Roads- roads are a luxury in any favela. Most favelas have dirt roads. We in Rocinha have one main street and 3 smaller streets. The streets are made of cement. I did see some repairs in the road last week that looked like black tar. Our main street is called Estrada da Gavea which runs from the bottom area of Sao Conrado cutting up the hill to the others side and neighborhood of Gavea. This street receives cars, buses, mototaxis, vans and now with all the construction, big trucks. Bicycles are not common but some do ride. There is a guy at the top of the hill in Rua 1 or first street (which is a alley way not a street), that has a horse. I see him out riding about once a month. My friend skateboards down the hill. He does it becase he does not have the use of his legs. The skateboard has been his transportation since he was 8. To get up the hill, he catches a mototaxi.
Garbage- this is my only complaint about favela life. There are areas sectioned off as garbage dumping places. But I still see people throwing trash on the ground. There needs to be more garbage cans so we can improve our trash problem. And the city needs to come in Rocinha more often and collect the garbage. I wish they would eliminate plastic bags and go to brown paper bags or the “bring your own” when people go shopping.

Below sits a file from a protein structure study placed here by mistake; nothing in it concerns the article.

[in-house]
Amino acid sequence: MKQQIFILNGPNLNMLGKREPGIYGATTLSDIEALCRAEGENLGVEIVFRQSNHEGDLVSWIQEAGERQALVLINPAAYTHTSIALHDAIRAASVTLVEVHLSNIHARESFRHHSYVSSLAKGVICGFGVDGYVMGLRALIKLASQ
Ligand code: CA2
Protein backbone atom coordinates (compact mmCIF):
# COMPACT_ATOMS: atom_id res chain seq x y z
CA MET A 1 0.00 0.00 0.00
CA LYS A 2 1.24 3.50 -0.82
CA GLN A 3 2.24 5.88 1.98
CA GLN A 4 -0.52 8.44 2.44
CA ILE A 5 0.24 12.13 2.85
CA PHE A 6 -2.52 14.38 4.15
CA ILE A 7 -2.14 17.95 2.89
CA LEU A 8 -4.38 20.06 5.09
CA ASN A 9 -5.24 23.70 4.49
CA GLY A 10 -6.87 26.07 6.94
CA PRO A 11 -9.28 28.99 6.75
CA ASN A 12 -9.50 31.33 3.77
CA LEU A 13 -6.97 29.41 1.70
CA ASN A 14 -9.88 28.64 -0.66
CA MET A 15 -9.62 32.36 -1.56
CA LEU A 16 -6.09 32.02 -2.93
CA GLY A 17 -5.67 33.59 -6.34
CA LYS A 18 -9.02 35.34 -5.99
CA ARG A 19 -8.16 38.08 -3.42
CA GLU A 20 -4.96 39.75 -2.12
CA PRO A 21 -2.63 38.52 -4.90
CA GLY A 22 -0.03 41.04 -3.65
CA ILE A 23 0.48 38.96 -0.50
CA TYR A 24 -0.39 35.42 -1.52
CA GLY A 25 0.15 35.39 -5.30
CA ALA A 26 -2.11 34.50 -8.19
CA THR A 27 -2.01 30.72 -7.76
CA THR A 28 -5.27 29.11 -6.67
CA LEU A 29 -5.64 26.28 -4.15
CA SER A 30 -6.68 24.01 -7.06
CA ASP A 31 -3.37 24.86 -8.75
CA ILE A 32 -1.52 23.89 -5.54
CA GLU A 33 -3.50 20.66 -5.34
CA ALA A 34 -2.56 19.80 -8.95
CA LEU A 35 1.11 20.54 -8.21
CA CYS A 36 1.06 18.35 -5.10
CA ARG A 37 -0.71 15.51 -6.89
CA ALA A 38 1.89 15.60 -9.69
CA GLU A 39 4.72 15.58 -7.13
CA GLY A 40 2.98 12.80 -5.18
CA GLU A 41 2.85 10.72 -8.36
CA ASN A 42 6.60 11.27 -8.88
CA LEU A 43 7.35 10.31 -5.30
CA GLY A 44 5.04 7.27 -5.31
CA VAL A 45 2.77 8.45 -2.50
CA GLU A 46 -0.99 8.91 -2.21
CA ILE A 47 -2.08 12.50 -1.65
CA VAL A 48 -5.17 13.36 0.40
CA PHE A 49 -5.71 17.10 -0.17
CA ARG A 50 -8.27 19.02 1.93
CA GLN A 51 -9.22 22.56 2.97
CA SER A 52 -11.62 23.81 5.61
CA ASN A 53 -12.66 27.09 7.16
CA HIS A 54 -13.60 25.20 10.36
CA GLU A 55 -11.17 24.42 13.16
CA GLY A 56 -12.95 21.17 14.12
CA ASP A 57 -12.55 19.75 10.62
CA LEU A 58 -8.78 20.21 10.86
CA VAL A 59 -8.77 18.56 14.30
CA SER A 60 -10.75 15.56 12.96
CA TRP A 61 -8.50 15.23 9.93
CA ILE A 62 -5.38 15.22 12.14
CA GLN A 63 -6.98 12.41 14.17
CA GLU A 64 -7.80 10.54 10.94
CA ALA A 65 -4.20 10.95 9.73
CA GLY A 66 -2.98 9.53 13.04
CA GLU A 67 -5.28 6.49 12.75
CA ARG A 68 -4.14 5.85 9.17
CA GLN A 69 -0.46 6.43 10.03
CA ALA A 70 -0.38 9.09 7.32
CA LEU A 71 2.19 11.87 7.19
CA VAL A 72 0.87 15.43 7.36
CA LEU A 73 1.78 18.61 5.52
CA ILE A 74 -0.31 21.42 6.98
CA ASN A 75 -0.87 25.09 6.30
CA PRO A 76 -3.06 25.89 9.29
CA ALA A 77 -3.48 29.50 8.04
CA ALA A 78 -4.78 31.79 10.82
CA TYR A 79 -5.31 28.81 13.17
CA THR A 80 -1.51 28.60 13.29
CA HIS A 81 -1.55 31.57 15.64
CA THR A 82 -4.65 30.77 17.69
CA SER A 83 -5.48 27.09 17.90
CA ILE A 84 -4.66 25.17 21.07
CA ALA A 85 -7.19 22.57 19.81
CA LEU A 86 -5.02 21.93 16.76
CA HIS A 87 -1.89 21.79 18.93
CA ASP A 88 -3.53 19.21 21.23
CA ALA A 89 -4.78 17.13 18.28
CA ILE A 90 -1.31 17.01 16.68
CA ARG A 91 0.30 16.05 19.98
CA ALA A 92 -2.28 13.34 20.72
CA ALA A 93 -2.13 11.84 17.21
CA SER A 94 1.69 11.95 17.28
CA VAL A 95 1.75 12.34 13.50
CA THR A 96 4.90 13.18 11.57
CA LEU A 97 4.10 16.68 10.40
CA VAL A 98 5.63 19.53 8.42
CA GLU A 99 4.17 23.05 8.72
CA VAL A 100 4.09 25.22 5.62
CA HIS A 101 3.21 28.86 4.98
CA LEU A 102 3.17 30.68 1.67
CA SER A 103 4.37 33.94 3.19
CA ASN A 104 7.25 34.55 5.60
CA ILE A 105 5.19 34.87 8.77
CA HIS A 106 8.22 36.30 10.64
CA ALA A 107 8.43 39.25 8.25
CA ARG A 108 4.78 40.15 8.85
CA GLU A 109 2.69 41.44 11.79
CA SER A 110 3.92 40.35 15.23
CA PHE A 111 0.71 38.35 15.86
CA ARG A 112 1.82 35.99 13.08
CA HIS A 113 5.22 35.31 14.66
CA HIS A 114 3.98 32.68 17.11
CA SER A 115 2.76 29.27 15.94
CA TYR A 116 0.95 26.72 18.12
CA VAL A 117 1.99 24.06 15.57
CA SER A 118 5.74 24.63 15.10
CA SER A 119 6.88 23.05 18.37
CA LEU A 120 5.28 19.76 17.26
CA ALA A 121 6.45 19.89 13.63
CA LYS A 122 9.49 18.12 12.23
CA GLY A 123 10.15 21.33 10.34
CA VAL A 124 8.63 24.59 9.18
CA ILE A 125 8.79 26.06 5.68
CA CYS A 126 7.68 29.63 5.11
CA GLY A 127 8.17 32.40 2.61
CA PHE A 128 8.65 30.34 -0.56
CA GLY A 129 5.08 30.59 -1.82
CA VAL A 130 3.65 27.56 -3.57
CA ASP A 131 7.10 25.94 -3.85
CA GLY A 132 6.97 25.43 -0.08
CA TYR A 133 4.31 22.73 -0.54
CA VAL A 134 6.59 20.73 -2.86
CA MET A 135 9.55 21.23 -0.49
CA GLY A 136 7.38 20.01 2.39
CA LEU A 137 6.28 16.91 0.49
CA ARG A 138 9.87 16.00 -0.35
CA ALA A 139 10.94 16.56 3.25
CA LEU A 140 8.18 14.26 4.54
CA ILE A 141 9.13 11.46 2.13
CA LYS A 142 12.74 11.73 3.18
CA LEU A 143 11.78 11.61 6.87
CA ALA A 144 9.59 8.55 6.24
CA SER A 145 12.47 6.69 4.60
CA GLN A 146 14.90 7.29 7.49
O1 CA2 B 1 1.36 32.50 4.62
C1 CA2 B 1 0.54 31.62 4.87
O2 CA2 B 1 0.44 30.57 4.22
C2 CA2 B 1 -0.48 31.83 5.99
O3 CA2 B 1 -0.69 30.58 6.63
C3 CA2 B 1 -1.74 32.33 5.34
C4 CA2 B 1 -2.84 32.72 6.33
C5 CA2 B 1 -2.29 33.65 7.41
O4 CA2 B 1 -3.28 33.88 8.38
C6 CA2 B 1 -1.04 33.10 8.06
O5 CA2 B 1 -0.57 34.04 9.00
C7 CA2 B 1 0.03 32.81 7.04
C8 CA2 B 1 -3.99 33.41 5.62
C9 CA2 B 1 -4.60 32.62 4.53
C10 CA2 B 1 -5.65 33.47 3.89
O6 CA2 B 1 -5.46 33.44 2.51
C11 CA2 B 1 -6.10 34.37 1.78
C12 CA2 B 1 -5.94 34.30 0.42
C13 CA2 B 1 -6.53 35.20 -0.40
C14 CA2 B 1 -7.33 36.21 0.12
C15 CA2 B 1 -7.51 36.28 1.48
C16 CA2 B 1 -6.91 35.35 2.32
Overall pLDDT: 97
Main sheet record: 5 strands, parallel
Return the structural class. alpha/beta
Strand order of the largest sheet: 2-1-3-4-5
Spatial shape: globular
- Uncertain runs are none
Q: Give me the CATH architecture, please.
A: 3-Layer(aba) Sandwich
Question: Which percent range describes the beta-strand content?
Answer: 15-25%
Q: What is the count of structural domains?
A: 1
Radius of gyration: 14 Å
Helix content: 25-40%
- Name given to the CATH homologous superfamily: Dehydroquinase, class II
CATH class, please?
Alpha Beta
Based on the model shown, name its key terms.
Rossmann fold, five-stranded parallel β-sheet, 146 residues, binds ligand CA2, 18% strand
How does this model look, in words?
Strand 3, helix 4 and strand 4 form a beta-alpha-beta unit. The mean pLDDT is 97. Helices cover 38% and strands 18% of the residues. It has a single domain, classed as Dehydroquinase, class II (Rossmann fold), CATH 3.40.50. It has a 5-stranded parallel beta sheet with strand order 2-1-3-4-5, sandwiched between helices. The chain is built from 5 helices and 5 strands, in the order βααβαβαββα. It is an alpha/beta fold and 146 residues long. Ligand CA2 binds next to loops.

Transportation- I feel fortunate to live in a place that has transportation 24 hours. We have three bus routes that go to Leblon, Leme and Botofogo. The mototaxis serve primarily the favela but they can take you outside the favela to other areas for a higher price. Costs inside the favela are $2 reais but to go outside the cost is $2.35 for the bus and 2.20 for the vans. I mostly use the vans as they are the most convenient for me. At the bottom of the hill just outside of Rocinha is now a taxi stand for people who need to go longer distances. My friend uses the taxi to go to the airport.
Internet- we have over 80 Lanhouses or internet cafes. People can also have cable internet put in their houses. Recently the government put free WiFi here in Rocinha but its only available for those who have computers. About 20% of the population has computers in their homes. Even less have laptops. I am lucky to have a laptop and I can acess the WiFi on my roof but its not always a strong signal. Right now I am posting this at Leblon Shopping becase the internet connection is stronger and I can post fotos.